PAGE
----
Unable to silence Phillies bats, Dodgers go down quietly

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The rotation provided one quality start in five games. The bullpen allowed 14 runs in 21 innings.
The Dodgers really never gave their offense a shot. It seemed like Joe Torre pushed all of the right buttons in the sweep of the Cardinals. This time, he mostly sat and watched. His one clear error was leaving Clayton Kershaw in too long in Game 1. Game 2 was the lone victory, and nothing could have made Game 3 winnable with Cliff Lee on the mound. In Game 4, he made the right calls and his best reliever got beat.
Game 5 featured seven homers, but most of the excitement was drained by the constant pitching changes, leading to very long innings. The Dodgers used three pitchers in the fourth, and the Phillies used three in the fifth. In the end, talent won out. Vicente Padilla was supposed to get hit hard by the Phillies’ left-handers in the series, but it was actually the righties that pounded him Wednesday night. Shane Victorino’s stunning homer off Kershaw in the sixth qualified as the finishing blow. The Dodgers did put together a big threat in the eighth, but James Loney, Russell Martin and Casey Blake all came up empty with the bases loaded. Philadelphia’s offense scored in six of eight innings and won 10-4.
While the Phillies can start preparing to play the Yanke… the ALCS winner, the Dodgers head home with a bunch of questions. Padilla, Randy Wolf and Jon Garland are all free agents, leaving the team with only Kershaw, Hiroki Kuroda and Chad Billingsley guaranteed rotation spots. If GM Ned Colletti decides a makeover is necessary to reach the next level, then Billingsley, Martin and Loney are possibilities to be dealt. Juan Pierre could also go. There’d be a whole lot more flexibility if Manny Ramirez chooses to depart, but odds are that he’ll exercise his $20 million option and stick around. With the sudden uncertainty in the ownership situation and so many of the team’s youngsters due healthy raises in arbitration, there might not be as much room for improvement as fans would like.

Breitbart gives Curt Schilling a radio show to fight the Clinton criminal conspiracy

NEW YORK, NY - APRIL 27:  Former ESPN Analyst Curt Schilling talks about his ESPN dismissal and politics during SiriusXM's Breitbart News Patriot Forum hosted by Stephen K. Bannon and co-host Alex Marlow at the SiriusXM Studio on April 27, 2016 in New York, New York.  (Photo by Cindy Ord/Getty Images for SiriusXM)
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Former major league pitcher and recently unemployed baseball commentator Curt Schilling has a new gig. He will be joining Breitbart News as the host of a daily online radio show during which he will offer political commentary and take calls from listeners. The radio show will be called “Whatever it Takes.”

The press release describes the show as, “Schilling’s unfiltered and insightful commentary on a mix of topics ranging from politics and culture to current affairs and perhaps some sports.”

Here’s Schilling’s take on it all, again, from the press release:

“God places things in our lives for specific reasons. After being fired by ESPN for my conservative opinions, I arrive here at Breitbart News, which I consider the last bastion of actual journalism. Yes, it’s openly conservative, but as much as liberals despise us they can’t deny the facts behind the arguments. This is the most important election of our lifetimes and under no circumstances can we allow a career criminal to be put in the Oval Office . . . I am proud to be a part of a team that will continue to point out the very thing that’s ruining this country: liberal, progressive, socialist agenda driven by the elite globalist connected to American politics and the Clinton family.”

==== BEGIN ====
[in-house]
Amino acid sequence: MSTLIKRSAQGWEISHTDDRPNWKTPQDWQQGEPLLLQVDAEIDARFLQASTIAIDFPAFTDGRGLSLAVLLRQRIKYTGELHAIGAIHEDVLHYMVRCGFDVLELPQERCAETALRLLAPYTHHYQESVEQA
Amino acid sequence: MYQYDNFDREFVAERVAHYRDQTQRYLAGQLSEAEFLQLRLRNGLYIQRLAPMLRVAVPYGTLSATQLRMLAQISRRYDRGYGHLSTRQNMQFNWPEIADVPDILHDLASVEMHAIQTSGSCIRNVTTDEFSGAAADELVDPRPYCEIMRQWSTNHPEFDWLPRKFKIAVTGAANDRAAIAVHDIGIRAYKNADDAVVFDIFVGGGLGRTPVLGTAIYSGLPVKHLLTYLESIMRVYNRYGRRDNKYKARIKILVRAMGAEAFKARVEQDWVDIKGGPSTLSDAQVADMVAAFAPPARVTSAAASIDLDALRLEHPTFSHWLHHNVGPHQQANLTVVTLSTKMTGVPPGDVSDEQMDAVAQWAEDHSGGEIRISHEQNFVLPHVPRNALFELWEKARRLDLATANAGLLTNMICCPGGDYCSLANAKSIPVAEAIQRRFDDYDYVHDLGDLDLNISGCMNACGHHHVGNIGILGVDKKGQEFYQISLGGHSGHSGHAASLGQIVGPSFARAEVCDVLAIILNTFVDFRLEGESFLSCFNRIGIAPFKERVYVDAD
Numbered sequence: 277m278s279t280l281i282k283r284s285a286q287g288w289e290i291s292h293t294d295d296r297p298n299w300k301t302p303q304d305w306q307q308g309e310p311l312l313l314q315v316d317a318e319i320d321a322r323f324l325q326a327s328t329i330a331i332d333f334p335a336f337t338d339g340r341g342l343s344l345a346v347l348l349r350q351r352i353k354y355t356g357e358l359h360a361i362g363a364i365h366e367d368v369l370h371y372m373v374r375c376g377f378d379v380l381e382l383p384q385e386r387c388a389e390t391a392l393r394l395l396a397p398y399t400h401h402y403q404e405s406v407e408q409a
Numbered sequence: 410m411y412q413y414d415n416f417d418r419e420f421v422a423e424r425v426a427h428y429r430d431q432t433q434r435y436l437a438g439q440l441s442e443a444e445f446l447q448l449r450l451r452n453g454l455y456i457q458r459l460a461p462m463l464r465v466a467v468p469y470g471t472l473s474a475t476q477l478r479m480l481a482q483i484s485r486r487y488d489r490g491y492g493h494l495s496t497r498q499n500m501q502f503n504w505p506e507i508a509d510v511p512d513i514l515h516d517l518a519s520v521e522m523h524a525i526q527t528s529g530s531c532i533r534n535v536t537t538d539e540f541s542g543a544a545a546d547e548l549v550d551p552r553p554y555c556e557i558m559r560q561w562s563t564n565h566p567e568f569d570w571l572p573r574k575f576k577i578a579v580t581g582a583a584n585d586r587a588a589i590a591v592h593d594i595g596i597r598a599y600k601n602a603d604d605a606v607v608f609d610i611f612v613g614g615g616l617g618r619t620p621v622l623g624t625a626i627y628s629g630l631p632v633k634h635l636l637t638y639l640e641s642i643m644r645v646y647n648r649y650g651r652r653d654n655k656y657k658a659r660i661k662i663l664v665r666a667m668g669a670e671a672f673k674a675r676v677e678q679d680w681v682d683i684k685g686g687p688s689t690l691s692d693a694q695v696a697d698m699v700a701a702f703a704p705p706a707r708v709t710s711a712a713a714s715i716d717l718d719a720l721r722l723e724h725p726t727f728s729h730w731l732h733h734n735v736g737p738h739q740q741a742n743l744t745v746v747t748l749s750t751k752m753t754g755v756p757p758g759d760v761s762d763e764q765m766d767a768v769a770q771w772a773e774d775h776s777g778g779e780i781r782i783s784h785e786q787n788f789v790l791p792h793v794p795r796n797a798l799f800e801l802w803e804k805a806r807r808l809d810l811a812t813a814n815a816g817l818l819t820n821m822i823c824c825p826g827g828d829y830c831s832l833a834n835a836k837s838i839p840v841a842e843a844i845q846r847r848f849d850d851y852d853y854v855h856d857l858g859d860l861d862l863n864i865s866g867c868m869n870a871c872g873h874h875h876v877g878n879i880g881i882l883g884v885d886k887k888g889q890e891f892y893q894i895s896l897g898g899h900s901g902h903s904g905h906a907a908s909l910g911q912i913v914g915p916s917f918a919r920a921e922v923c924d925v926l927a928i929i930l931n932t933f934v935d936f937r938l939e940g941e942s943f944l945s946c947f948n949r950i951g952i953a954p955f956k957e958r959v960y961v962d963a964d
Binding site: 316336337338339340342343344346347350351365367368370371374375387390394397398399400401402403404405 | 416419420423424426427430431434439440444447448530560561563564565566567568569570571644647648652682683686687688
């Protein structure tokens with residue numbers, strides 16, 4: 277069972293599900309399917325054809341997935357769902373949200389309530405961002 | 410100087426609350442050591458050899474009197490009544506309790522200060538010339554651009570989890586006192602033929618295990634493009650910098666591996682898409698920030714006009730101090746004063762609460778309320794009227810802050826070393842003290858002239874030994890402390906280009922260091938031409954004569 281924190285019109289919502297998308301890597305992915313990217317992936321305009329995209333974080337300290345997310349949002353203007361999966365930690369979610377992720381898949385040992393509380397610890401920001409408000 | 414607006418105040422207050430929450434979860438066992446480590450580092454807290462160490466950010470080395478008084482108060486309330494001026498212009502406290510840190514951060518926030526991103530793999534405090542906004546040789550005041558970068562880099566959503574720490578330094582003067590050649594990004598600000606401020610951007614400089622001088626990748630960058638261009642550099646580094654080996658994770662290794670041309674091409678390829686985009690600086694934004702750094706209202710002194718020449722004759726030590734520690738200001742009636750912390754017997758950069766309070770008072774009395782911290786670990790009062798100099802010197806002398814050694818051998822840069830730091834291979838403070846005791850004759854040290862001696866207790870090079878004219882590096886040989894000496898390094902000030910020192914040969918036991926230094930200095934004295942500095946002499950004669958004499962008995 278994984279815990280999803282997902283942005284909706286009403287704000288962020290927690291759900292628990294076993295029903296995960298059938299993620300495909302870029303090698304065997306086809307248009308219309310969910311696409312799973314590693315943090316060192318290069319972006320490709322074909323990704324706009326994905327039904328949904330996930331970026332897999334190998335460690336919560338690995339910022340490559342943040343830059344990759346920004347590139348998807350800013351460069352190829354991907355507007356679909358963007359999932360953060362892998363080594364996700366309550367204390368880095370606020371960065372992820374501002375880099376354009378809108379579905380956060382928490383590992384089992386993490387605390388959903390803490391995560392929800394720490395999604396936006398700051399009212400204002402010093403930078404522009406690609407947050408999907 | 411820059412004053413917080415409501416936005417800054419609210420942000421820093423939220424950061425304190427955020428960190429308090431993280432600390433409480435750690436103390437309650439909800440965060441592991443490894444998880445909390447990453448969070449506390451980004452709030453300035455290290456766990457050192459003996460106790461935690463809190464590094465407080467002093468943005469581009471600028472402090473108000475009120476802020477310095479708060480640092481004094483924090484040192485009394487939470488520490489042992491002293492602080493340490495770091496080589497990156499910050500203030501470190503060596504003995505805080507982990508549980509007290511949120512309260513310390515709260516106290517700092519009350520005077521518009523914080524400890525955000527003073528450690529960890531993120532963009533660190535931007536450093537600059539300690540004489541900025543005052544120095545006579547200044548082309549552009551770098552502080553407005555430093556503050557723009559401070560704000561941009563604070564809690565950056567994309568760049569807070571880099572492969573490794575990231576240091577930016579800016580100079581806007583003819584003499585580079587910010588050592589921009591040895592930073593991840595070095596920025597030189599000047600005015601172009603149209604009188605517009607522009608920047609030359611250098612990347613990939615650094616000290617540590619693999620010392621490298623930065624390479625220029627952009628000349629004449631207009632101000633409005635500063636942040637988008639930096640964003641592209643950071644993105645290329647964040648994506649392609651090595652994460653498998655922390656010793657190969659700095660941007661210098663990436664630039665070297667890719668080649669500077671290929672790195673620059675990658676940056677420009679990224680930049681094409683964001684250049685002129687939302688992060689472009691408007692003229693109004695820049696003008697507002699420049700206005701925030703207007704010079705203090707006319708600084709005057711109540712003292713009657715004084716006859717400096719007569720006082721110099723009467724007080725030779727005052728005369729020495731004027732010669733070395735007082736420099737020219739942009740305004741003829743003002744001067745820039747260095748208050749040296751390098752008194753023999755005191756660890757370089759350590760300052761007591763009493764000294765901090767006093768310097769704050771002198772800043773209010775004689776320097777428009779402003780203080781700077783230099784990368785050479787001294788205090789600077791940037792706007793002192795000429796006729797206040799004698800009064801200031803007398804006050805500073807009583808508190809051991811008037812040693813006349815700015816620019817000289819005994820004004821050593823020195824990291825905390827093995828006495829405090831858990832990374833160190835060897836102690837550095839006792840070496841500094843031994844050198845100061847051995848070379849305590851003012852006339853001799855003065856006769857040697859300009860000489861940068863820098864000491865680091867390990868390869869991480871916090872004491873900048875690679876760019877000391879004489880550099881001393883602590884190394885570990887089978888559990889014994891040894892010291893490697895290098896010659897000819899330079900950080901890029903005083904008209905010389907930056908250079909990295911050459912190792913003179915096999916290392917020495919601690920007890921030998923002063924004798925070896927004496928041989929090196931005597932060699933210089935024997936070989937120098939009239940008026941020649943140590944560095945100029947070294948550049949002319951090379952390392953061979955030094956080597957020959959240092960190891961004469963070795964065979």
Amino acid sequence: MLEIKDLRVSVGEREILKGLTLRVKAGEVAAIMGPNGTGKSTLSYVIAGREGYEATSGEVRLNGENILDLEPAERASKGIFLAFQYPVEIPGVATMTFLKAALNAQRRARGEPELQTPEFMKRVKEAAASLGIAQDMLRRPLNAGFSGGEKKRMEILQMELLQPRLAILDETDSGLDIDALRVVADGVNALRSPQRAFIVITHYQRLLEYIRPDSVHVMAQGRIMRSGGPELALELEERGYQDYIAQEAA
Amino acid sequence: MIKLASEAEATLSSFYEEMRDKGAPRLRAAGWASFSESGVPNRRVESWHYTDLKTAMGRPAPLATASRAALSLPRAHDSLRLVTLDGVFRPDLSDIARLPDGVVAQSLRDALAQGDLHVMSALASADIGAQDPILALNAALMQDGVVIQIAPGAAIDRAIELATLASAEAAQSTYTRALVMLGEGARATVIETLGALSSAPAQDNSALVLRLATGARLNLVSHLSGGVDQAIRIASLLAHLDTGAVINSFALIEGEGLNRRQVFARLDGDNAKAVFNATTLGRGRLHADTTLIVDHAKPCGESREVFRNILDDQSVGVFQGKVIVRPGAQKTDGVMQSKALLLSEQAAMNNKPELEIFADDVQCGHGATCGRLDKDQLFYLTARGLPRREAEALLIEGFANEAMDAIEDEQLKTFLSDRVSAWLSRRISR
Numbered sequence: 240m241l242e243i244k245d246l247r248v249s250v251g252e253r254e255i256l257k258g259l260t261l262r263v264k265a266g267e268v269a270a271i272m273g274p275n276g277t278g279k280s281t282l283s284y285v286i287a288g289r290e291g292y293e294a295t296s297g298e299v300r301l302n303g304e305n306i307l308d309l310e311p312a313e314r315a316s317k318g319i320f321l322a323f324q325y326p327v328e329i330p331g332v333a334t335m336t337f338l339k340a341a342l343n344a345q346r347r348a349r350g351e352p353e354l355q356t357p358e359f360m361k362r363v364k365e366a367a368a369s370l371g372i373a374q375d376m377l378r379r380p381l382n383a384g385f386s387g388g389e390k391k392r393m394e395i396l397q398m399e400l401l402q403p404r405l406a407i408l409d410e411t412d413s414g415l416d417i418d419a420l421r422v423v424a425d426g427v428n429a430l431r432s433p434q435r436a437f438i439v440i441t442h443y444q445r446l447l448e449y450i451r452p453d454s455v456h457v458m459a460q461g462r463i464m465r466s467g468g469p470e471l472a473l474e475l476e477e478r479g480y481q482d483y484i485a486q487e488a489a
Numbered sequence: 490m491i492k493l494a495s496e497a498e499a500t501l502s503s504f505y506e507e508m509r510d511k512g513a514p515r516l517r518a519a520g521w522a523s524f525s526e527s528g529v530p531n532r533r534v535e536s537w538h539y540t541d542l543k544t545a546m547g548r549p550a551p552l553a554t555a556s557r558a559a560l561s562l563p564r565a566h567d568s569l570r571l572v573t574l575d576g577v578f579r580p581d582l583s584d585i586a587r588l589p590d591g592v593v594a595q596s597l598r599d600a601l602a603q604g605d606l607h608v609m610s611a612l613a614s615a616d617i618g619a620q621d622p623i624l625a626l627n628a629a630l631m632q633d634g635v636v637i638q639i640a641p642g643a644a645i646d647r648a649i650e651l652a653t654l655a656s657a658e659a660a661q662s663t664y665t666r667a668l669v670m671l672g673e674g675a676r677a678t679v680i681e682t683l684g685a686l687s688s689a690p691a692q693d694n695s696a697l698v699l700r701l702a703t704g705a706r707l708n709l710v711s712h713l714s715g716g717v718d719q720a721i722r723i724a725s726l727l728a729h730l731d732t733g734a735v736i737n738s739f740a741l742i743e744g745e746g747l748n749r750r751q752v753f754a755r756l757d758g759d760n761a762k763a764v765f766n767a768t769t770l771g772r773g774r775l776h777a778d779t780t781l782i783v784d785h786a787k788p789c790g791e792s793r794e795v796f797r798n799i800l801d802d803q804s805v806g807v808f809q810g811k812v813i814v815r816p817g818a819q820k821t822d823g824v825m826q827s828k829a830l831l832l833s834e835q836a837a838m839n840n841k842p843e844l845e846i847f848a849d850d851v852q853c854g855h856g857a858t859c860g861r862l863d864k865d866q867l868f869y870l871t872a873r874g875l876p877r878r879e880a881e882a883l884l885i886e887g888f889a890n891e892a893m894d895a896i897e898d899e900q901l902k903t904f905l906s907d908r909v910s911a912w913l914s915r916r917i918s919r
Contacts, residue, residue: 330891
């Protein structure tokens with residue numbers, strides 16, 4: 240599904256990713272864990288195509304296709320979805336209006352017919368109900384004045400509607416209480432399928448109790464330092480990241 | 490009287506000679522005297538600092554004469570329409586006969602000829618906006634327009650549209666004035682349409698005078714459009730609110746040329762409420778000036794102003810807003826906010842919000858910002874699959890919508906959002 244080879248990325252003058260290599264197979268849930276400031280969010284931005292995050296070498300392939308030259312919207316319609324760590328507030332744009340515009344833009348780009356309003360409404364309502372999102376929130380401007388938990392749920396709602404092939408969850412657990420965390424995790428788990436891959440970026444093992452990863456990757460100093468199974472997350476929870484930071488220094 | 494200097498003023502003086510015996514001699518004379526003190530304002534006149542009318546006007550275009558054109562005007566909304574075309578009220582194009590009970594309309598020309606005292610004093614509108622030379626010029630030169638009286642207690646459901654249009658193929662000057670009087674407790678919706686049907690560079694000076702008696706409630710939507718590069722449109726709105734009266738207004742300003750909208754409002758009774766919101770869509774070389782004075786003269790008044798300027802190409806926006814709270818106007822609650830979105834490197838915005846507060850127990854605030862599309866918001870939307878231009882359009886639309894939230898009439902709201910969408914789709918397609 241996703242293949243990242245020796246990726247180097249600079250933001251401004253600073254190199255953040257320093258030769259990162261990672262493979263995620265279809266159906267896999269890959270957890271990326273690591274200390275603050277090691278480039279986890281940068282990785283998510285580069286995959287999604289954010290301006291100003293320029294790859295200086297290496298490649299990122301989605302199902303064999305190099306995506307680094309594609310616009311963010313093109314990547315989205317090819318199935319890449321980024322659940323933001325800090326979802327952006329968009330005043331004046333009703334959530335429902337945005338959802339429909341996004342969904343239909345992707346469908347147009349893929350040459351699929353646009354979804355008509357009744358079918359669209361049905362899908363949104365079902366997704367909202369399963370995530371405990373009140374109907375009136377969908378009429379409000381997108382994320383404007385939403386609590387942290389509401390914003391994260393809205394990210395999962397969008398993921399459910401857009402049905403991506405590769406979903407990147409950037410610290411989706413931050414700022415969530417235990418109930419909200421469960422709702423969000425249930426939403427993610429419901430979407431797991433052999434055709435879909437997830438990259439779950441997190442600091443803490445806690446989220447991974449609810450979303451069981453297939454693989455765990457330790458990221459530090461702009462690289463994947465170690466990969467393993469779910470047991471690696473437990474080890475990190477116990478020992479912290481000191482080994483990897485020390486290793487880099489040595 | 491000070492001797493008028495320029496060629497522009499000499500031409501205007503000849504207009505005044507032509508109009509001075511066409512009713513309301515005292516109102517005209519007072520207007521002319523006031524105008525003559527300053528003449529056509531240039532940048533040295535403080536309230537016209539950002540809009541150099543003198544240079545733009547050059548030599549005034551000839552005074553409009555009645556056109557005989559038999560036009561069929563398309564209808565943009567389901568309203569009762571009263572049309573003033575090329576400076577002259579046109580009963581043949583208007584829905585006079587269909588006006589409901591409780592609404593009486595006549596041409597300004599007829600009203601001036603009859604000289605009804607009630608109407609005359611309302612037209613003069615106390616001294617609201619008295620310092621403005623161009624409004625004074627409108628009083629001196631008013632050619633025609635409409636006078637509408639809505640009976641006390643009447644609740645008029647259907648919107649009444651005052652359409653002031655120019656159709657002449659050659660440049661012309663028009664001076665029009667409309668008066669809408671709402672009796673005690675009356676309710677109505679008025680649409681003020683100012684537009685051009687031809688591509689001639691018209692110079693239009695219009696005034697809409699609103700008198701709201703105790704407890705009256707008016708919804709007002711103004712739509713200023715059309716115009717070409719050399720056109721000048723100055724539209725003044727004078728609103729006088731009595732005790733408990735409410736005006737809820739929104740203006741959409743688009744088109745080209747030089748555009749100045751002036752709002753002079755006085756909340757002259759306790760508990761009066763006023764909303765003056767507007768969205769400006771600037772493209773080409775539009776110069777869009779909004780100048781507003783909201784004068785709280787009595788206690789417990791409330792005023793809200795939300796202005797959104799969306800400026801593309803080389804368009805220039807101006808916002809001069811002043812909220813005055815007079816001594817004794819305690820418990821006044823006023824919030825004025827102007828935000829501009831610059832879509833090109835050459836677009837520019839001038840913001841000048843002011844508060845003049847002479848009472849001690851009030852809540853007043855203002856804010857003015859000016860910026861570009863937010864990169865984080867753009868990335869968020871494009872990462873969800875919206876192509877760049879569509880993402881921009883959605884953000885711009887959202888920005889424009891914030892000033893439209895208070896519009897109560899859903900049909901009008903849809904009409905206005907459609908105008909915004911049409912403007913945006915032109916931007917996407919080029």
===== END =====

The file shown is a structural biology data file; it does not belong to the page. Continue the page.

That’s special. And I suspect the sorts of people who tell Bill and me to “stick to sports” won’t be doing the same to Schilling. Which is fine. I’m all for letting a thousand freak flags fly.  And Schilling’s is one of the freakiest.

In other news, Schilling tried to organize a Donald Trump rally over the weekend at Boston’s city hall. About 15 people showed up for it. Good luck with those radio ratings, Curt.

World Series umpiring crew announced. Hi, Joe West!

ST. LOUIS, MO - SEPTEMBER 12: Manager Joe Maddon #70 of the Chicago Cubs is ejected from the game in the ninth inning by umpire Joe West #22 at against the St. Louis Cardinals Busch Stadium on September 12, 2016 in St. Louis, Missouri.  (Photo by Dilip Vishwanat/Getty Images)
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Major League Baseball has announced the umpiring crew for the World Series. John Hirschbeck is the crew chief. It’s his fifth World Series assignment, third as a crew chief.

A surprising name on the crew is Joe West. It’ll be his sixth World Series overall, but first since 2012. There had been chatter for several years that Major League Baseball was making a more concerted effort to get its best umpires into the World Series more often while minimizing the appearances of its weakest umpires. Most assumed West’s absence from the Fall Classic in recent years, despite his seniority, was a function of that. Maybe they’re still making merit a priority and maybe West has just improved? I’ll leave that for you to judge.

Anyway, here is the lineup of umps for Game 1. They will rotate after that, of course. If the series goes six games, Cowboy Joe will be calling the balls and strikes:

Home plate: Larry Vanover
1B: Chris Guccione
2B: John Hirschbeck
3B: Marvin Hudson
LF: Tony Randazzo
RF: Joe West
Replay Official for Games 1-2: Sam Holbrook (with assistance from Todd Tichenor)
Replay Official for Games 3-7: Larry Vanover (with assistance from Todd Tichenor)